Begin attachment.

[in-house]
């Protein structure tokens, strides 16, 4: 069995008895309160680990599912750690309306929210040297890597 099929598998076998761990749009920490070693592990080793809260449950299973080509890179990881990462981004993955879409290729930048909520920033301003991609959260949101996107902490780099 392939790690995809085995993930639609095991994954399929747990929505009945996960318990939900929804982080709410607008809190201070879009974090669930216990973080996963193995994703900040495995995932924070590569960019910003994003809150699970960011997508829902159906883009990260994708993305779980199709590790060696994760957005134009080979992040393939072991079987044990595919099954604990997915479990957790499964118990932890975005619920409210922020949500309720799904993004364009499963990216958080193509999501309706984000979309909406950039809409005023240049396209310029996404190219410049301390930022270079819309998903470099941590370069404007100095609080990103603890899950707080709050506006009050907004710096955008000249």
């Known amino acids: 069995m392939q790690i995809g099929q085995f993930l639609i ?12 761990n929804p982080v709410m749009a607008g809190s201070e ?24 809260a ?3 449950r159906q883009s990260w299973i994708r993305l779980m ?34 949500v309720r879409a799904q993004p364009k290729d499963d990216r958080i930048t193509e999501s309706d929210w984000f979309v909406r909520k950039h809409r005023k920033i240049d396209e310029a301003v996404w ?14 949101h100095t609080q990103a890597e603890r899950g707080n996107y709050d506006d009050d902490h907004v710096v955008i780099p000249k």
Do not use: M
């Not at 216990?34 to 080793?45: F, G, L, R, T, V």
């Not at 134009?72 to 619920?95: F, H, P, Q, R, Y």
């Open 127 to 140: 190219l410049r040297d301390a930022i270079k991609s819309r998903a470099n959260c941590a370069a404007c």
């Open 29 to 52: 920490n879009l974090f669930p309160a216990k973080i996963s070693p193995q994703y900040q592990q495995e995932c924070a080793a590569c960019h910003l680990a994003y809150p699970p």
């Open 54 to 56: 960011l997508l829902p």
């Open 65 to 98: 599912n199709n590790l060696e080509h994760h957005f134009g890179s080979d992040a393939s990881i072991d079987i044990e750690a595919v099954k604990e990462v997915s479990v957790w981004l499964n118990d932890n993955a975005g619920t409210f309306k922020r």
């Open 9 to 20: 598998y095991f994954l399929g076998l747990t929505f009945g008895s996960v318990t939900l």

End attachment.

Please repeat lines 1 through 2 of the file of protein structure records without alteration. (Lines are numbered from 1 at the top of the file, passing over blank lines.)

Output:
[in-house]
């Protein structure tokens, strides 16, 4: 069995008895309160680990599912750690309306929210040297890597 099929598998076998761990749009920490070693592990080793809260449950299973080509890179990881990462981004993955879409290729930048909520920033301003991609959260949101996107902490780099 392939790690995809085995993930639609095991994954399929747990929505009945996960318990939900929804982080709410607008809190201070879009974090669930216990973080996963193995994703900040495995995932924070590569960019910003994003809150699970960011997508829902159906883009990260994708993305779980199709590790060696994760957005134009080979992040393939072991079987044990595919099954604990997915479990957790499964118990932890975005619920409210922020949500309720799904993004364009499963990216958080193509999501309706984000979309909406950039809409005023240049396209310029996404190219410049301390930022270079819309998903470099941590370069404007100095609080990103603890899950707080709050506006009050907004710096955008000249």